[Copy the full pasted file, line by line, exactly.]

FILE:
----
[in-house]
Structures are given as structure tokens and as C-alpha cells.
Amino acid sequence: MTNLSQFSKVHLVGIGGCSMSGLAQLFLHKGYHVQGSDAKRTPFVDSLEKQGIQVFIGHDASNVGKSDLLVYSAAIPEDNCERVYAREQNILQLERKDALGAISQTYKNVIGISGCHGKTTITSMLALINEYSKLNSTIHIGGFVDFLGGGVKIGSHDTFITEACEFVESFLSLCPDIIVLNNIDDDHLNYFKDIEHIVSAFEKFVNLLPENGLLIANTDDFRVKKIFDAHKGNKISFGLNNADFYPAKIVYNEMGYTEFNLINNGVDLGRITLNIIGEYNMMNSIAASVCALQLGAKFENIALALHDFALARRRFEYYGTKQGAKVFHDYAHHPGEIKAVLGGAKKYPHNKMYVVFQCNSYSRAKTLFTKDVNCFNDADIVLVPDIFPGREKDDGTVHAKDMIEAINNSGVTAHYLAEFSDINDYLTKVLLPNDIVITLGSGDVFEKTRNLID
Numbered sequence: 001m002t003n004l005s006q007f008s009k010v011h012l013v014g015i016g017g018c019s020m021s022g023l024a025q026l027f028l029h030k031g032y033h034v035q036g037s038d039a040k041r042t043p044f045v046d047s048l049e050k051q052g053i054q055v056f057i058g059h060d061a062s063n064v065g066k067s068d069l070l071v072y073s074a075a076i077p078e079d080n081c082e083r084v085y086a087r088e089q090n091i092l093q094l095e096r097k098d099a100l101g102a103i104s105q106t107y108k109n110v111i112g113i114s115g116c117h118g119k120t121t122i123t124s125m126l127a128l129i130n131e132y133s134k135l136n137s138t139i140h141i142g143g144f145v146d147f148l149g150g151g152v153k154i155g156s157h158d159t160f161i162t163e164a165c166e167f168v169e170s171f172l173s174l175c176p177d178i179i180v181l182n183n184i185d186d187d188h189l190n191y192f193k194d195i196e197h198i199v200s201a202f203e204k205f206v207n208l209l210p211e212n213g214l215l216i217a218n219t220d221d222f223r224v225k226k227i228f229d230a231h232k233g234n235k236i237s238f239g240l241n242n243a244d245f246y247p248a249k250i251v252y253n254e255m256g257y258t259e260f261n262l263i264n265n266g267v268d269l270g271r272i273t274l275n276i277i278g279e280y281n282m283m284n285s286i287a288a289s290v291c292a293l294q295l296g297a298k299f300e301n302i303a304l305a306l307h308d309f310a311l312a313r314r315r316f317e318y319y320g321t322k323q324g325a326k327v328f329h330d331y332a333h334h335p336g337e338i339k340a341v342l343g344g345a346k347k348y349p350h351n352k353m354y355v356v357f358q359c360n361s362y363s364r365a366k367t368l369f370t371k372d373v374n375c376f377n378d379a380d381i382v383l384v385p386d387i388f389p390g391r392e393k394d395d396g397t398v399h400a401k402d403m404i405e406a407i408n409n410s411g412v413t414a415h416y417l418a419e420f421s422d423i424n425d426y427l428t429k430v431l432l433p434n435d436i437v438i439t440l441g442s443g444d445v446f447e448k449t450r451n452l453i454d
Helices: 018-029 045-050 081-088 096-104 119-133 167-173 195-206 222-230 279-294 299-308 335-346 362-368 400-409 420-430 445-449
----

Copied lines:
[in-house]
Structures are given as structure tokens and as C-alpha cells.
Amino acid sequence: MTNLSQFSKVHLVGIGGCSMSGLAQLFLHKGYHVQGSDAKRTPFVDSLEKQGIQVFIGHDASNVGKSDLLVYSAAIPEDNCERVYAREQNILQLERKDALGAISQTYKNVIGISGCHGKTTITSMLALINEYSKLNSTIHIGGFVDFLGGGVKIGSHDTFITEACEFVESFLSLCPDIIVLNNIDDDHLNYFKDIEHIVSAFEKFVNLLPENGLLIANTDDFRVKKIFDAHKGNKISFGLNNADFYPAKIVYNEMGYTEFNLINNGVDLGRITLNIIGEYNMMNSIAASVCALQLGAKFENIALALHDFALARRRFEYYGTKQGAKVFHDYAHHPGEIKAVLGGAKKYPHNKMYVVFQCNSYSRAKTLFTKDVNCFNDADIVLVPDIFPGREKDDGTVHAKDMIEAINNSGVTAHYLAEFSDINDYLTKVLLPNDIVITLGSGDVFEKTRNLID
Numbered sequence: 001m002t003n004l005s006q007f008s009k010v011h012l013v014g015i016g017g018c019s020m021s022g023l024a025q026l027f028l029h030k031g032y033h034v035q036g037s038d039a040k041r042t043p044f045v046d047s048l049e050k051q052g053i054q055v056f057i058g059h060d061a062s063n064v065g066k067s068d069l070l071v072y073s074a075a076i077p078e079d080n081c082e083r084v085y086a087r088e089q090n091i092l093q094l095e096r097k098d099a100l101g102a103i104s105q106t107y108k109n110v111i112g113i114s115g116c117h118g119k120t121t122i123t124s125m126l127a128l129i130n131e132y133s134k135l136n137s138t139i140h141i142g143g144f145v146d147f148l149g150g151g152v153k154i155g156s157h158d159t160f161i162t163e164a165c166e167f168v169e170s171f172l173s174l175c176p177d178i179i180v181l182n183n184i185d186d187d188h189l190n191y192f193k194d195i196e197h198i199v200s201a202f203e204k205f206v207n208l209l210p211e212n213g214l215l216i217a218n219t220d221d222f223r224v225k226k227i228f229d230a231h232k233g234n235k236i237s238f239g240l241n242n243a244d245f246y247p248a249k250i251v252y253n254e255m256g257y258t259e260f261n262l263i264n265n266g267v268d269l270g271r272i273t274l275n276i277i278g279e280y281n282m283m284n285s286i287a288a289s290v291c292a293l294q295l296g297a298k299f300e301n302i303a304l305a306l307h308d309f310a311l312a313r314r315r316f317e318y319y320g321t322k323q324g325a326k327v328f329h330d331y332a333h334h335p336g337e338i339k340a341v342l343g344g345a346k347k348y349p350h351n352k353m354y355v356v357f358q359c360n361s362y363s364r365a366k367t368l369f370t371k372d373v374n375c376f377n378d379a380d381i382v383l384v385p386d387i388f389p390g391r392e393k394d395d396g397t398v399h400a401k402d403m404i405e406a407i408n409n410s411g412v413t414a415h416y417l418a419e420f421s422d423i424n425d426y427l428t429k430v431l432l433p434n435d436i437v438i439t440l441g442s443g444d445v446f447e448k449t450r451n452l453i454d
Helices: 018-029 045-050 081-088 096-104 119-133 167-173 195-206 222-230 279-294 299-308 335-346 362-368 400-409 420-430 445-449